“It started picking up around 2012, 2013,” said Don Caldwell, managing editor of internet culture database KnowYourMeme. “That’s the most popular, but it wasn’t the first of the Joker memes by a long-shot. The motto ‘why so serious’ was huge from 2008 onward, and there’s YTMND pages devoted to it from that far back.” Though the meme typically traded in trivial everyday situations, in time — as with all things on the internet — the “injustices” reflected began to slowly slide towards a internet-familiar slurry of misogyny and racism. All of a sudden, the internet’s Joker seemed more concerned with the indignities of family court or the growing percentage of women in tech than terrorizing the streets of Gotham.
In America, where the levers of power have remained ensconced under the two-party permafrost for all of living memory, we can’t get enough of characters who “transcend politics” in order to speak truth to power. (Examples abound down the generations, from George Carlin to — yes — Donald Trump.) Of course, the truth about these so-called “straight-talkers” is that they try to hoard status by pandering to the basest instincts of a vocal contingent of the population, such as insecure young men. Though these dust-ups vary from the bizarrely trivial to the outright offensive — such as falsely claiming that including women soldiers in your WWII media mega-franchise constitutes historical revisionism, or just outright calling women the embodiment of chaos, as snake-oil-as-paperweight-purveyor Jordan Peterson has on many occasions — a peek below the sophistry inevitably reveals a plywood-flimsy foundation. Regardless, to a certain audience, these incidents serve the narrative that there is something deeply Wrong with the current status quo, and we need some Noble Soul to rectify it.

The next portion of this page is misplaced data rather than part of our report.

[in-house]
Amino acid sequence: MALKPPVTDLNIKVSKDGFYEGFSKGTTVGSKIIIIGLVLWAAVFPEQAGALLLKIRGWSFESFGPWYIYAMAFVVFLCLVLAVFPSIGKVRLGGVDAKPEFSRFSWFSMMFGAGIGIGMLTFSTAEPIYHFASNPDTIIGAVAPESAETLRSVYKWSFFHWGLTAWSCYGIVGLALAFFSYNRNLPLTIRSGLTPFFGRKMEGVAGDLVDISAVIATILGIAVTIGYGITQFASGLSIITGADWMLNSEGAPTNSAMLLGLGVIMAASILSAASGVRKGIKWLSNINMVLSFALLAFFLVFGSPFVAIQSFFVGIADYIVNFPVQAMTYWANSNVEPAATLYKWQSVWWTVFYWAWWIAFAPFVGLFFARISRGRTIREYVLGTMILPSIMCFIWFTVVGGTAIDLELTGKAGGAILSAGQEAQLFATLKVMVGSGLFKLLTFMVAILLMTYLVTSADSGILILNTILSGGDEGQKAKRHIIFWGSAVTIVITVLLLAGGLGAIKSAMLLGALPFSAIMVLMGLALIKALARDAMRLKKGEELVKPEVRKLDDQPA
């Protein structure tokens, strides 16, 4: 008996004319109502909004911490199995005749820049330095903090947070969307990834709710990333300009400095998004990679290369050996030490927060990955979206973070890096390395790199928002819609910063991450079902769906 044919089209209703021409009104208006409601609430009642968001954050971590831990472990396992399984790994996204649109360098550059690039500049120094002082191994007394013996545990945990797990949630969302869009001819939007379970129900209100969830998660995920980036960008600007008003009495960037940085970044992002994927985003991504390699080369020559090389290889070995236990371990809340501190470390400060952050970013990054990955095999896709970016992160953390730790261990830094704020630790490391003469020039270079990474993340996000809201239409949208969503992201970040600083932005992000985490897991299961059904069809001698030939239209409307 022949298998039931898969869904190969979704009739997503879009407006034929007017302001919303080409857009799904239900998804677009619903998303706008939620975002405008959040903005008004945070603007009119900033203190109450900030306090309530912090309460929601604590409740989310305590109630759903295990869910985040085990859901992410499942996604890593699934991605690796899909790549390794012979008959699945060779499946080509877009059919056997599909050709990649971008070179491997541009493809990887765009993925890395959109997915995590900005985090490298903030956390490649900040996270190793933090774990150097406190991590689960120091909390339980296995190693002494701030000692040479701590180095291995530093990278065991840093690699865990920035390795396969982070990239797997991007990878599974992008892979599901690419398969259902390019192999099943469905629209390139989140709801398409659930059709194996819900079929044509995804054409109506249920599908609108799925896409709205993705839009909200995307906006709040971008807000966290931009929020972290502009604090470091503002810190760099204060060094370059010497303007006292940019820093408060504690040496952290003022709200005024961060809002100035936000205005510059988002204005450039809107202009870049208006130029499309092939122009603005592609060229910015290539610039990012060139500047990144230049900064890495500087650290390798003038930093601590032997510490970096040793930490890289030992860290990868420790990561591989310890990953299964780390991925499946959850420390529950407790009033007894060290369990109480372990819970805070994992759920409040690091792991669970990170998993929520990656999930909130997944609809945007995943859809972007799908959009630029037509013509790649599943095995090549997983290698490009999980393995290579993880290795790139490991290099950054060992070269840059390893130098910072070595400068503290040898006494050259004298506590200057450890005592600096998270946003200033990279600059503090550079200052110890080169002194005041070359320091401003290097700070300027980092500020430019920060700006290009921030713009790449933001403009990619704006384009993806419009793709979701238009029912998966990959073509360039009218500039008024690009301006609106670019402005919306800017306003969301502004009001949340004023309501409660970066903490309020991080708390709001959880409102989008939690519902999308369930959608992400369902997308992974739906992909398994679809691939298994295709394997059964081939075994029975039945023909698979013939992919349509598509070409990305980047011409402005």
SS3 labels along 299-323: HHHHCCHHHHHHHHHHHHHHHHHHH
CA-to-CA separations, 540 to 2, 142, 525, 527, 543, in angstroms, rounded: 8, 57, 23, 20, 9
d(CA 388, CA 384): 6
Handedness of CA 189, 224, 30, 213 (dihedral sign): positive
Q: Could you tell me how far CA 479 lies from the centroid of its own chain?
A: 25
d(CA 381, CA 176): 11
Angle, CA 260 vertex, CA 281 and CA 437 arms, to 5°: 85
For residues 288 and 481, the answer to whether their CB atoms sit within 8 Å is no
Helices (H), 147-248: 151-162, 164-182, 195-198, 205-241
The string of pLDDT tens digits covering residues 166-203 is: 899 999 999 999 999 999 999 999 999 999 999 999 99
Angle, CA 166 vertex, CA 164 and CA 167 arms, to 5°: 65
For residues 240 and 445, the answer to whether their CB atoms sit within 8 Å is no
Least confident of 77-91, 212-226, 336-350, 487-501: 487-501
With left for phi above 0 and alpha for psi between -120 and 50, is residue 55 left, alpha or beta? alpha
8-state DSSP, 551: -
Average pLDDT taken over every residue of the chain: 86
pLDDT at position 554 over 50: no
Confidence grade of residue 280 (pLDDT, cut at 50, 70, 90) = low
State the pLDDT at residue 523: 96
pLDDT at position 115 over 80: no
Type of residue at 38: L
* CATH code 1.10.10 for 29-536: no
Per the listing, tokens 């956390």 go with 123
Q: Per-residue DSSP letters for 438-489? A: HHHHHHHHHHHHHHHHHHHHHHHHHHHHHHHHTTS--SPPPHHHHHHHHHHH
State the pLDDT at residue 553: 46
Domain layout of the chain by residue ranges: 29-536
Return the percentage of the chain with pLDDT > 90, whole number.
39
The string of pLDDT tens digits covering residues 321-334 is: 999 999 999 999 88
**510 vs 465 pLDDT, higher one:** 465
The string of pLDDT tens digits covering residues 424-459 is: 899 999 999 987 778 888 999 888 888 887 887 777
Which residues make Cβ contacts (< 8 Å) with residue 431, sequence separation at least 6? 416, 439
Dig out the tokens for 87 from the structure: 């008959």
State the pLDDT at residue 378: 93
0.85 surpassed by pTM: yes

Once under the veil of internet anonymity, these memers didn’t need to fall back on established authority figures to voice these toxic takes, or even real people. In a world where all the institutions seem to crumble before our eyes, and trust in the media has sunk to a low ebb, perhaps some people trust a kabuki-masked comic villain to critique our society more than any editorial board or party politician. The use of pop-culture meme-spokesmen like the Joker recalls Guy Fawkes masks donned by the hacker group Anonymous, a relic drawn from the popular film V for Vendetta. While some acolytes viewed the adoption of the masks as a uniform of sorts — a totem of the unknown power of the anonymized masses — in time it came to symbolize the archetype of the “edgelord,” a vapid, self-styled provocateur who prides himself in his ability to “trigger” those who hold progressive viewpoints.